Many entrepreneurs operate as sole proprietorships with one owner. Other small businesses have multiple co-founders and owners. With multiple owners, a company must split its profits and losses appropriately. The solution depends on the company and its owners and what they think is best for them.
When two or more people join together for the purpose of conducting business, they automatically form a partnership. You can formalize this general partnership by drafting a partnership agreement. Alternatively, you can register as a limited liability partnership if your business provides a professional service and you or the majority of your partners are licensed in that profession.
You can also file articles of organization to become a multi-member LLC whose operational oversight can be documented in an operation agreement. Another possibility is to file articles of incorporation to create and operate as a corporation. With S corporations, you document ownership rights and profit-and-loss distributions in the buy-sell agreement or shareholder’s agreement. Regular, or C, corporations pay taxes at the corporate level, so dividends go to shareholders instead of actual profits and losses.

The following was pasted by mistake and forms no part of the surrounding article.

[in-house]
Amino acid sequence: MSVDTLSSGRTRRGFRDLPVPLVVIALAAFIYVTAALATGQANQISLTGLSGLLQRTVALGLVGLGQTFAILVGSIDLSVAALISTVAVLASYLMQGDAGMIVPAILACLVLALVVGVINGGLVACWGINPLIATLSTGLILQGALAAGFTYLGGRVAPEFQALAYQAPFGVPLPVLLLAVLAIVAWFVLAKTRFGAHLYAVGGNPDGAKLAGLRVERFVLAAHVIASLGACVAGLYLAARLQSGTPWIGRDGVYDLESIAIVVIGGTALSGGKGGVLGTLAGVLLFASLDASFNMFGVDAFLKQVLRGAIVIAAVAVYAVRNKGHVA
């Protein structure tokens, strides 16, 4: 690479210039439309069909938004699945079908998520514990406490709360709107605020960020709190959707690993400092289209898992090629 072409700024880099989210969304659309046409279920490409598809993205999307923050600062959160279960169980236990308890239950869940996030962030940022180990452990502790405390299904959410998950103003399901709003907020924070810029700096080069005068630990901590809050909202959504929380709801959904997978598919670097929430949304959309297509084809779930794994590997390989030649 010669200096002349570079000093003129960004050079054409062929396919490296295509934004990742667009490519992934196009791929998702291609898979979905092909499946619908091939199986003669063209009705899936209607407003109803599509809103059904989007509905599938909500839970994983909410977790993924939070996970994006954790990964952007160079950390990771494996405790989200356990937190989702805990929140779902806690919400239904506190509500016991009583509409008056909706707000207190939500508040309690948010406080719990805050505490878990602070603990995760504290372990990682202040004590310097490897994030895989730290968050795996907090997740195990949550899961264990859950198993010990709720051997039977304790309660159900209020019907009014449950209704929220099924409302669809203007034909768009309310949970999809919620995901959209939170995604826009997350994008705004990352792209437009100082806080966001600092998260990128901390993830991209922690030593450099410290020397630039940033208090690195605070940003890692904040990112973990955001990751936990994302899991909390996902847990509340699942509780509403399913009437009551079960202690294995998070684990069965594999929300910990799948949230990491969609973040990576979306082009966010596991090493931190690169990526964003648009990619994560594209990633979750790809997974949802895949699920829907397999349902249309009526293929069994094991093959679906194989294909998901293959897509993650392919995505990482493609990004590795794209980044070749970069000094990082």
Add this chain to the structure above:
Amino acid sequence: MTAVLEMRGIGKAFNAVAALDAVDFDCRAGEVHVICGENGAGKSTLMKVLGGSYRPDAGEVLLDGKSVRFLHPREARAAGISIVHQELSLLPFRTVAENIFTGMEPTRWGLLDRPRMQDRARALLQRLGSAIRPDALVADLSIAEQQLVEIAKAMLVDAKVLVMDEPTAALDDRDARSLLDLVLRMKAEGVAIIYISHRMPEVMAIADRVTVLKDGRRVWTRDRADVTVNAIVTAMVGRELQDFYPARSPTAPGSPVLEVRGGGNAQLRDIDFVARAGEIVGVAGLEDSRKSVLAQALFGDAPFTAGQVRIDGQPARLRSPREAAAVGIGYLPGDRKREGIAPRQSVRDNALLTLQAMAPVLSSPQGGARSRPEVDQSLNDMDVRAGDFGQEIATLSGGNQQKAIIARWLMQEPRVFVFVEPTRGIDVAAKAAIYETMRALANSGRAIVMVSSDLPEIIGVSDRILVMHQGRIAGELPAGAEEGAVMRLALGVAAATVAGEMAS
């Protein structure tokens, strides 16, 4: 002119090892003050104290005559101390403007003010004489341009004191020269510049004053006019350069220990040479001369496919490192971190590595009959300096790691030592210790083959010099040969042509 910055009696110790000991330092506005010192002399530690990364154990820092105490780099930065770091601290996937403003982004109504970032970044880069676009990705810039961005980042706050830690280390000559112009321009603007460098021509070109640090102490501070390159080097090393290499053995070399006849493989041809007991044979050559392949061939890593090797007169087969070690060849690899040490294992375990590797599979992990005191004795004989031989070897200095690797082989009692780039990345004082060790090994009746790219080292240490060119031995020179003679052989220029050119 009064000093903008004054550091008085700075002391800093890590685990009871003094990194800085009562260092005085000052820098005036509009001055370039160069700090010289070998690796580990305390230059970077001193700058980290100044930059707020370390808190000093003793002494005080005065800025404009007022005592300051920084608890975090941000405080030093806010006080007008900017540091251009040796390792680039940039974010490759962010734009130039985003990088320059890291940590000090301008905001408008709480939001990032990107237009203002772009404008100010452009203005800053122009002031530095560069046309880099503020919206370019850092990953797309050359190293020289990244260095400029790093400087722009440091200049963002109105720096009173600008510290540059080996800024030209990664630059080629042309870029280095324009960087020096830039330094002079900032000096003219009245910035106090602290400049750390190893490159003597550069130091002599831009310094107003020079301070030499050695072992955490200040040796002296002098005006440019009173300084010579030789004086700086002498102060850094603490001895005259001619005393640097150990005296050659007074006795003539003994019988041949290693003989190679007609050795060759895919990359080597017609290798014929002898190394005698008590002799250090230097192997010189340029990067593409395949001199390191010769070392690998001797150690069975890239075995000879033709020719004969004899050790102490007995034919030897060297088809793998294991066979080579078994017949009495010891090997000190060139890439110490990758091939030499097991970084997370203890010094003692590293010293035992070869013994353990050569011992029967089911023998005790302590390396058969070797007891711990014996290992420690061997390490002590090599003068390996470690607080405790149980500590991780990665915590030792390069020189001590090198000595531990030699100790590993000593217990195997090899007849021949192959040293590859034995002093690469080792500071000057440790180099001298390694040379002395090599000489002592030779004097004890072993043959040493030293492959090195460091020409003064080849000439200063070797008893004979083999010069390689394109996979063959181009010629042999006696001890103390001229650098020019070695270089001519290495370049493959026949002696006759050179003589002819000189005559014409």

When you form a company with one or more individuals, you not only must decide who will have what duties but also determine who will get what profits. You may decide to split profits according to each owner's equity participation in the business, or you may decide to distribute them based on how much each owner contributes to the ongoing success of the business. Because the determination of profit and loss splitting could be contentious or could change over time, documenting the decision in the appropriate business document is ideal.
If one or more owners are employees, as owners you may decide to pay the employee-owners a fair market salary and provide them with bonuses for the work effort they provide. You may also provide them with retirement benefits as the business grows. By doing this, you can still split your company’s actual net profit according to percentage ownership while additionally compensating those owners who actually work in the business.
ABC Company has five owners. One owns 40 percent while the other four own 15 percent. Two of the owners are active in the business but that compensation is governed by an employment agreement. ABC’s written policy is to distribute profits and losses according solely to percentage ownership. ABC decides to distribute 50 percent of its $500,000 net income to owners and retain 50 percent to grow the company. Of the $250,000 distributed to owners, the 40 percent owner receives $100,000 while the other owners each receive $37,500.